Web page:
RED’s Radar: Productivity in the Office!

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RED’s Radar: Productivity in the Office!

How productive are we really? If you ask our boss, he might have a mixed response. If we aren’t belting along to pop hits from the ‘90s (947 loves Janet) or twerking along to Cardi B’s ‘I Like It Like That’, we’re pulling up celebrity Instagram accounts, critiquing their skin condition and what they’ve done to themselves (do yourself a favour and google Christie Brinkley – a 64 year old  goddess who looks no older than 40). Let’s be honest here, with a mediocre Internet connection and social media at the click of a rainbow icon, production levels at the office fluctuate constantly. Is that such a bad thing?

We had a look at ways to increase production levels in the office, and really, we aren’t doing too badly. Some tips included: goal communication, a change in scenery, ambient sounds and encouragement of collaboration by teammates.

Although these are excellent ways to get people working, we cannot look at office productivity in a linear manner. Communication is vital not only to effectively convey, shape and enhance goals but it also builds the relationship between colleagues. Spending more than 8 hours together in a 65 sqm space means you probably see your ‘work husband’ more than your actual one. A problem, yes; one this article won’t help you with.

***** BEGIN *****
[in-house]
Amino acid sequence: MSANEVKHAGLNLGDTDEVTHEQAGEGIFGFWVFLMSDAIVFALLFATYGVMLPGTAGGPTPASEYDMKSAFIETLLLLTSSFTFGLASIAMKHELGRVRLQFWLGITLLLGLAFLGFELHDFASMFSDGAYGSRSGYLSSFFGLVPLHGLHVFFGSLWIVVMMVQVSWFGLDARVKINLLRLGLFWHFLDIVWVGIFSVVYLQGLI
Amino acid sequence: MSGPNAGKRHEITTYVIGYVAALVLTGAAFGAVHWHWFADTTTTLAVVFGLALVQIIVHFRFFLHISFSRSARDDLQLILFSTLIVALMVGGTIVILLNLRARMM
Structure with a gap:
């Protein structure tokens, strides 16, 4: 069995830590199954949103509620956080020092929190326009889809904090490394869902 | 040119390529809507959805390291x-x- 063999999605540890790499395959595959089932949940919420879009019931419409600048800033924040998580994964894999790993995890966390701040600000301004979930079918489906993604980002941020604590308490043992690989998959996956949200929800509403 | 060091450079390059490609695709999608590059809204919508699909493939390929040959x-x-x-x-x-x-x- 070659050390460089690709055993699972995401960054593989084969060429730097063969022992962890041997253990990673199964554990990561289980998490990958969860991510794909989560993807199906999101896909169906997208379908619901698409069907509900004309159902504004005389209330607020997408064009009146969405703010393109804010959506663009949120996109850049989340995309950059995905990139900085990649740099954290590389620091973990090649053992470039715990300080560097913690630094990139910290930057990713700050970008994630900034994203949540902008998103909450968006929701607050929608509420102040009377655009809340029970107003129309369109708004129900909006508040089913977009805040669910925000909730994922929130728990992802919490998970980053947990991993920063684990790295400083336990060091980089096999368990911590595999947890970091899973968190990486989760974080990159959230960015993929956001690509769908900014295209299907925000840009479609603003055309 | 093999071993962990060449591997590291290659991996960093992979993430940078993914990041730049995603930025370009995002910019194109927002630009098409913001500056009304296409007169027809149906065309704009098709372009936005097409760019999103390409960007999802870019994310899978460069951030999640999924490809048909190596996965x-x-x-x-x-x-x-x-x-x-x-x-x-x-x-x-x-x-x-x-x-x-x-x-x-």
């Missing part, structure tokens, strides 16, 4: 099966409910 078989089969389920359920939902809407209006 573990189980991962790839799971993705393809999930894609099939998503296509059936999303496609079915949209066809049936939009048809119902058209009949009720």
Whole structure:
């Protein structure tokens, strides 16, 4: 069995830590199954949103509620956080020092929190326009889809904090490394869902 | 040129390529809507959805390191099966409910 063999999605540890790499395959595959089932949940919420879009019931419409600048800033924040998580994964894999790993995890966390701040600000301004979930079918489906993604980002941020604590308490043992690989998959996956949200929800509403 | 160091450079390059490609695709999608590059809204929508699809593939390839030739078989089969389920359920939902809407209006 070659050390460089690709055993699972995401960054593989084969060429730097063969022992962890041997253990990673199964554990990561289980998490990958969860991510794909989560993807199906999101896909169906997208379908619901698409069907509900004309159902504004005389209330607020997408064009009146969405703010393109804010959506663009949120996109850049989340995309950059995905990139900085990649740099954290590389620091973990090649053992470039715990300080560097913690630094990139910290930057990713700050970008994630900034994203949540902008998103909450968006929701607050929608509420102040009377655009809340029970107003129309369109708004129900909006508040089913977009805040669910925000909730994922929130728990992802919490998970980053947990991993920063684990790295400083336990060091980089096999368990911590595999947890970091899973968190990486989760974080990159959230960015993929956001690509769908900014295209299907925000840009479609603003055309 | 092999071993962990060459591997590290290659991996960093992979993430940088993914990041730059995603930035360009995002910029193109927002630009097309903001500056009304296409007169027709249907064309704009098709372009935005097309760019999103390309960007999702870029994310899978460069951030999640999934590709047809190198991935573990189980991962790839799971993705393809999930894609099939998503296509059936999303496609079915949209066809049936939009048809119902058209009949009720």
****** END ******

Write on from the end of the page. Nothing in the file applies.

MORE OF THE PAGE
Knowing and liking your workmates is essential for a relaxed and comfortable environment. If your space is slightly tense, why not try and arrange workshops or team building sessions where people have to spend quality time together. Have meetings with one another where your colleagues feel comfortable enough to open up and share their professional goals. Eliminate a competitive and catty environment by encouraging teamwork on projects, big and small. Although Cardi B might not quite qualify as an ‘ambient sound’, music in the office does work in relaxing the space and getting people to loosen up a bit. Most importantly, have a laugh every now and again. If you’re spending 40 hours a week at work, you might as well try and make it a pleasant experience. If this doesn’t sound like something you’re interested in, perhaps freelancing is better suited to your personality.

 

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